- Associated Press - Sunday, May 10, 2015

BLACK, Mo. (AP) - Weekend rainfall has helped firefighters make progress battling a blaze in the Mark Twain National Forest.

The fire was estimated at 70 percent contained, Bill Paxton, with the Mark Twain National Forest, told the St. Louis Post-Dispatch (https://bit.ly/1Irykfr ) Saturday. He said no one had been injured and that the fire had not spread beyond the 1,300 acres that were burning on Friday.

Paxton didn’t immediately return a phone call Sunday from The Associated Press.

The cause of the fire is being investigated. It is centered about two miles southwest of Black on public and private land, most of it on National Forest land.

Paxton said fighting the wildfire is difficult because of “the 2009 Derecho wind event,” an enormous storm cell with hurricane-force winds that moved from Kansas to southwestern Virginia. It knocked down many acres of trees. All of that downed timber makes it hard to fight wildfires by traditional methods, such as using bulldozers to build fire lines.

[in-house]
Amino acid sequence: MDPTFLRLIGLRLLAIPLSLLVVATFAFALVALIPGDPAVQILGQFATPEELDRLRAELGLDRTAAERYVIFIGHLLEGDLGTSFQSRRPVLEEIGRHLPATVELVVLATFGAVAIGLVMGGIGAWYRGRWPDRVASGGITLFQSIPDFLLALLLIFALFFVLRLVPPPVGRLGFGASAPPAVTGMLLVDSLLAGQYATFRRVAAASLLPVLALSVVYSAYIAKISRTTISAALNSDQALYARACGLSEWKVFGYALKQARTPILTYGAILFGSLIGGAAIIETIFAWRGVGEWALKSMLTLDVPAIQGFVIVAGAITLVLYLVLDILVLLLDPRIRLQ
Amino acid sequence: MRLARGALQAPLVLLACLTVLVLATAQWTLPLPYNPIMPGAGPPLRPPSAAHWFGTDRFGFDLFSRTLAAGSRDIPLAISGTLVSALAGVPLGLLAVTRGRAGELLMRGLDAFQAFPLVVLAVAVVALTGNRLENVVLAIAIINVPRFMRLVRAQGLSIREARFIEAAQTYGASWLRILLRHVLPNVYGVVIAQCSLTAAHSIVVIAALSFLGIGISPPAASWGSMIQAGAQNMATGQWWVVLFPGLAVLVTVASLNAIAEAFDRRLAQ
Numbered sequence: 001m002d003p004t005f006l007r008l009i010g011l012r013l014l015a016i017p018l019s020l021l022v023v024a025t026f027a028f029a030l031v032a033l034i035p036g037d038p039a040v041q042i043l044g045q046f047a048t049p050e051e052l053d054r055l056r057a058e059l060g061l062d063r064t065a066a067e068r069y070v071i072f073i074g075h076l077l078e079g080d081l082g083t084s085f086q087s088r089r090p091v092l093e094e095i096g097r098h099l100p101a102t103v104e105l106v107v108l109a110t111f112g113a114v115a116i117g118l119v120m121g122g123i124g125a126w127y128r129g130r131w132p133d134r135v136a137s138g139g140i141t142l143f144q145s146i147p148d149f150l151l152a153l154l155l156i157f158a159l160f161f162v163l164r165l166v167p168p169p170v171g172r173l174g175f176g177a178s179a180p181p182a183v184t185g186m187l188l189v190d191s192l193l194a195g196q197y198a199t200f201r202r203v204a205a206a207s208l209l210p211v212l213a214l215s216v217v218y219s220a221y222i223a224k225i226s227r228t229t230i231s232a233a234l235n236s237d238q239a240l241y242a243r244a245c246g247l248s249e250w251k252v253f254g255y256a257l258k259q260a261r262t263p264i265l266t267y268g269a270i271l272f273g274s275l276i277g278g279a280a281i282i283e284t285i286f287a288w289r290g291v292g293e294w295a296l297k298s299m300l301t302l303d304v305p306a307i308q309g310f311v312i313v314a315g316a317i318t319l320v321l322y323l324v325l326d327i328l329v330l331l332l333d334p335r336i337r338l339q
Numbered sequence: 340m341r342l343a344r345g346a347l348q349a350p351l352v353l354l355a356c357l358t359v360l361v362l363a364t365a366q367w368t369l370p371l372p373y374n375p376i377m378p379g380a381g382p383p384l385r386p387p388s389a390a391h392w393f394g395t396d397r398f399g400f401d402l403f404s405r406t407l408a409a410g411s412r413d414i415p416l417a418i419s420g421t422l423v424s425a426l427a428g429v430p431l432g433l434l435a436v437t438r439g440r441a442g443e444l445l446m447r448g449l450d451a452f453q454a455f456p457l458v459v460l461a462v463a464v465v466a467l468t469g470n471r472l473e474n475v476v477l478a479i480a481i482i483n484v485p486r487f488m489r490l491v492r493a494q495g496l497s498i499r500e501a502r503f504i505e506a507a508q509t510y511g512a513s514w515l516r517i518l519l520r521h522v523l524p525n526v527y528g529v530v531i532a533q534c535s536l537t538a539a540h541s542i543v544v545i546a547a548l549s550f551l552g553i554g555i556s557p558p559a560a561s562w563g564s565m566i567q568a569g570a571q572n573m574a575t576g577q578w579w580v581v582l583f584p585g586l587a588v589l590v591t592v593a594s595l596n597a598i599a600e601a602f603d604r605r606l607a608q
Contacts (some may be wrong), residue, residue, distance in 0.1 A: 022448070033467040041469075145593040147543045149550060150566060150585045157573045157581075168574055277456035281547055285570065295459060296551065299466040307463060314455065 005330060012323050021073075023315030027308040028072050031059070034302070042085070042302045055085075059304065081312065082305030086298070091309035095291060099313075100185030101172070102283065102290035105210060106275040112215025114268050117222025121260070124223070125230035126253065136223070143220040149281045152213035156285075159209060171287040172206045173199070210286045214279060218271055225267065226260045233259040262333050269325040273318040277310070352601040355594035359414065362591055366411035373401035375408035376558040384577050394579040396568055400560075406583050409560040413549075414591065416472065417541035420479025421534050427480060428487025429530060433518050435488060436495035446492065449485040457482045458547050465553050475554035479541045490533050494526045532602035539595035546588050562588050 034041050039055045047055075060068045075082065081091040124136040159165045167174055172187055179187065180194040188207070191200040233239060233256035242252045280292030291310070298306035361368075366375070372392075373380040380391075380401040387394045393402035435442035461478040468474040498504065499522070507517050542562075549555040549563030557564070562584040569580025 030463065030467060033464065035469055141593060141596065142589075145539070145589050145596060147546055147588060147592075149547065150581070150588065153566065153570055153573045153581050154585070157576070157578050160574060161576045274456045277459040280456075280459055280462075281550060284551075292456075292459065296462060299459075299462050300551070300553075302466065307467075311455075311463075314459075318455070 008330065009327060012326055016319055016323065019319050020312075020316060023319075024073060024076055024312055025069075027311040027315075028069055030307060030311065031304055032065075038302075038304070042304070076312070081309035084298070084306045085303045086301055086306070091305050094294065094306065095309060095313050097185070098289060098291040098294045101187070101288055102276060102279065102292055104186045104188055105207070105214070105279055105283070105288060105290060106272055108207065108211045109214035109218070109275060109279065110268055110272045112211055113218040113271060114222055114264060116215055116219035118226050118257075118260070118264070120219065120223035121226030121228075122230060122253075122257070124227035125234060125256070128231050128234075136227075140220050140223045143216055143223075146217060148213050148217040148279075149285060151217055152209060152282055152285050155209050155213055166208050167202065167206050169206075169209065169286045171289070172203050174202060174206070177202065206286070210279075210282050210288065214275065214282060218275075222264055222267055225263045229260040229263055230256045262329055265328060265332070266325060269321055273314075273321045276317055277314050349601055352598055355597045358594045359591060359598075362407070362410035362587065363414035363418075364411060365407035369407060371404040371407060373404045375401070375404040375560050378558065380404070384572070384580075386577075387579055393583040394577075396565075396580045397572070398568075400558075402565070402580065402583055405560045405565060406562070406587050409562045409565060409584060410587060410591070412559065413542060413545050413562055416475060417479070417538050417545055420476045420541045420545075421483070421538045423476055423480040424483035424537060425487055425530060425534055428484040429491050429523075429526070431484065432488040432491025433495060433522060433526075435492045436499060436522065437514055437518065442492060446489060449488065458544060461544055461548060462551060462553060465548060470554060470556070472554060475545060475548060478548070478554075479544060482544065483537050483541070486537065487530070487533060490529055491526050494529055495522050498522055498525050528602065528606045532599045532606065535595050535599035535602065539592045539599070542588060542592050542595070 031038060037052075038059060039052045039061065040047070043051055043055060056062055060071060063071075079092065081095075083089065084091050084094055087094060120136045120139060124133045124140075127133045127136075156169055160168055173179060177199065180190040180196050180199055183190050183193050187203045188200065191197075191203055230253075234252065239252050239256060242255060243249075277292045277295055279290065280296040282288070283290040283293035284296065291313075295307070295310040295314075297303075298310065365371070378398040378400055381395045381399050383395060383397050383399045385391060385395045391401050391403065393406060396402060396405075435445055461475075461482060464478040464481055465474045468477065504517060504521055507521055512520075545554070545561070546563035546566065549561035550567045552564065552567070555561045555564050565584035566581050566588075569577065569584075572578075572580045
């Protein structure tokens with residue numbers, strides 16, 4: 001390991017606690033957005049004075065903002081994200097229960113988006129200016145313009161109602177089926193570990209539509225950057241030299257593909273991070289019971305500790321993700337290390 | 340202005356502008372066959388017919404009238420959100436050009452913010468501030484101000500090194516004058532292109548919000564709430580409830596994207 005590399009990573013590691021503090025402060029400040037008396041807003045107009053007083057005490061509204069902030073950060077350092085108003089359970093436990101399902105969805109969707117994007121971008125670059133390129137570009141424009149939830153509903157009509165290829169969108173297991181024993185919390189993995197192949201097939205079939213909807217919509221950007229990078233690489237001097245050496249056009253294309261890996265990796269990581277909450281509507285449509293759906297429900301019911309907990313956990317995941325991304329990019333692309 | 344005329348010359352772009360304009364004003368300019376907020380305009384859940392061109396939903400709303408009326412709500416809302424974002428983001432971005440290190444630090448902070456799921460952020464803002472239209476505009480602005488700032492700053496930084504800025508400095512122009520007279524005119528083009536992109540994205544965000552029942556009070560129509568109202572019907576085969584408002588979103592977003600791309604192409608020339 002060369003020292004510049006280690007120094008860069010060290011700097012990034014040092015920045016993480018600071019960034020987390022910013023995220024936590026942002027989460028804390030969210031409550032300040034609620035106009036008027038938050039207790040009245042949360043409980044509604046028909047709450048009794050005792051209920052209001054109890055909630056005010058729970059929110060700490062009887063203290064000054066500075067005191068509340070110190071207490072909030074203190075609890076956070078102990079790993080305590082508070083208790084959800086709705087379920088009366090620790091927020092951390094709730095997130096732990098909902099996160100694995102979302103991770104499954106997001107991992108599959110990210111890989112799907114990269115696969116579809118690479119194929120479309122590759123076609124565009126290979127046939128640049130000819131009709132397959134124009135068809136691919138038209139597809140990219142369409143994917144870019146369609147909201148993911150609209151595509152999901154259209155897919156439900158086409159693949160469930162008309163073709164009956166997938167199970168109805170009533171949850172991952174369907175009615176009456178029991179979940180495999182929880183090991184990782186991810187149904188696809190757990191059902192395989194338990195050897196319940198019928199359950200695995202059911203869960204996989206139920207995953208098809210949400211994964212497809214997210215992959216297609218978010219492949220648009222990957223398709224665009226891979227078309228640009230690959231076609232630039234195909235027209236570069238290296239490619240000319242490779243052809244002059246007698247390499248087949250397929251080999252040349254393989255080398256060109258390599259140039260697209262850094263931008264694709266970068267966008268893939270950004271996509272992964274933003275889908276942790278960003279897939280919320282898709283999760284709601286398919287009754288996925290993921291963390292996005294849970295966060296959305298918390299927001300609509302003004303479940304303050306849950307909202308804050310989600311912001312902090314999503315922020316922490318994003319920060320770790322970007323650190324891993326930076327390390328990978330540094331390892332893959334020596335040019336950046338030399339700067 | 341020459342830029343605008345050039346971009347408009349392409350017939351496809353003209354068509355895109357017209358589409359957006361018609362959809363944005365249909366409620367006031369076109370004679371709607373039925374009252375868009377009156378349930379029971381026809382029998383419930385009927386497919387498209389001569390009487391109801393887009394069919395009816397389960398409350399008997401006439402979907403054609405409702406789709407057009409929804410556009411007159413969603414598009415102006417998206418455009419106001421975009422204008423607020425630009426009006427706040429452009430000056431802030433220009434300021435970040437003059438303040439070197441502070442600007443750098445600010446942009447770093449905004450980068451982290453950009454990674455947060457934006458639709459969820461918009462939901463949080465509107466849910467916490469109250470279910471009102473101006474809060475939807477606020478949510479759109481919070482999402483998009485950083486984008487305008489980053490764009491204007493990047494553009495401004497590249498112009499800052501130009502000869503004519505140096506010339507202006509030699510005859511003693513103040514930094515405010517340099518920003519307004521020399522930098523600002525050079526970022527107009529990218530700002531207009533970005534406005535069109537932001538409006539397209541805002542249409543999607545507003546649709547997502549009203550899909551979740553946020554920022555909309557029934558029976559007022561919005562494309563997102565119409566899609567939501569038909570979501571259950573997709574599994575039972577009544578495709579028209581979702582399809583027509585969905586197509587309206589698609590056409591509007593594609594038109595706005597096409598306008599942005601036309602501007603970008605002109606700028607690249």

Friday was the sixth anniversary of the Derecho wind event moving through Missouri.

The biggest wildfire on record for the Mark Twain National Forest covered nearly 5,000 acres.


Information from: St. Louis Post-Dispatch, https://www.stltoday.com

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